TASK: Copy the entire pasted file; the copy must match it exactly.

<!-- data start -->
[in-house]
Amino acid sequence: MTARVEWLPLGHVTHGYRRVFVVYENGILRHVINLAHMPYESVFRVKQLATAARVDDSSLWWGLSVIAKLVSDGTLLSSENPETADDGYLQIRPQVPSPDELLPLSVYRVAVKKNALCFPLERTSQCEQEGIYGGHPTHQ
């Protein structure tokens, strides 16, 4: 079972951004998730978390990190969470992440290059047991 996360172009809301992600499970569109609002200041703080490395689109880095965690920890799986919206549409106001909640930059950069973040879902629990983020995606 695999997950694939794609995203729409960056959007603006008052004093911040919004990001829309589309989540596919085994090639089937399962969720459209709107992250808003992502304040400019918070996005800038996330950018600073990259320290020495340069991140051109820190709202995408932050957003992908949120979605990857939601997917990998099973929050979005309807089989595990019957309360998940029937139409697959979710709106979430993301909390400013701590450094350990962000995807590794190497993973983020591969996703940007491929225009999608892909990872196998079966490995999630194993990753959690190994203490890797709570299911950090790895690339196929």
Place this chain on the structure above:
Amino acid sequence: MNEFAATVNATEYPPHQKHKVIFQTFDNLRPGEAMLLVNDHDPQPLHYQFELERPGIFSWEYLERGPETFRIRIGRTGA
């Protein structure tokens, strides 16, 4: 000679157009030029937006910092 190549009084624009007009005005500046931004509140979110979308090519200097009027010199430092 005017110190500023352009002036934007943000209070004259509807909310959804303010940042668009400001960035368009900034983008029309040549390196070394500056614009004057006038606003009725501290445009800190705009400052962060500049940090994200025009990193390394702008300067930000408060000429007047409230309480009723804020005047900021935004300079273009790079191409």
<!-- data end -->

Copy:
[in-house]
Amino acid sequence: MTARVEWLPLGHVTHGYRRVFVVYENGILRHVINLAHMPYESVFRVKQLATAARVDDSSLWWGLSVIAKLVSDGTLLSSENPETADDGYLQIRPQVPSPDELLPLSVYRVAVKKNALCFPLERTSQCEQEGIYGGHPTHQ
């Protein structure tokens, strides 16, 4: 079972951004998730978390990190969470992440290059047991 996360172009809301992600499970569109609002200041703080490395689109880095965690920890799986919206549409106001909640930059950069973040879902629990983020995606 695999997950694939794609995203729409960056959007603006008052004093911040919004990001829309589309989540596919085994090639089937399962969720459209709107992250808003992502304040400019918070996005800038996330950018600073990259320290020495340069991140051109820190709202995408932050957003992908949120979605990857939601997917990998099973929050979005309807089989595990019957309360998940029937139409697959979710709106979430993301909390400013701590450094350990962000995807590794190497993973983020591969996703940007491929225009999608892909990872196998079966490995999630194993990753959690190994203490890797709570299911950090790895690339196929």
Place this chain on the structure above:
Amino acid sequence: MNEFAATVNATEYPPHQKHKVIFQTFDNLRPGEAMLLVNDHDPQPLHYQFELERPGIFSWEYLERGPETFRIRIGRTGA
């Protein structure tokens, strides 16, 4: 000679157009030029937006910092 190549009084624009007009005005500046931004509140979110979308090519200097009027010199430092 005017110190500023352009002036934007943000209070004259509807909310959804303010940042668009400001960035368009900034983008029309040549390196070394500056614009004057006038606003009725501290445009800190705009400052962060500049940090994200025009990193390394702008300067930000408060000429007047409230309480009723804020005047900021935004300079273009790079191409």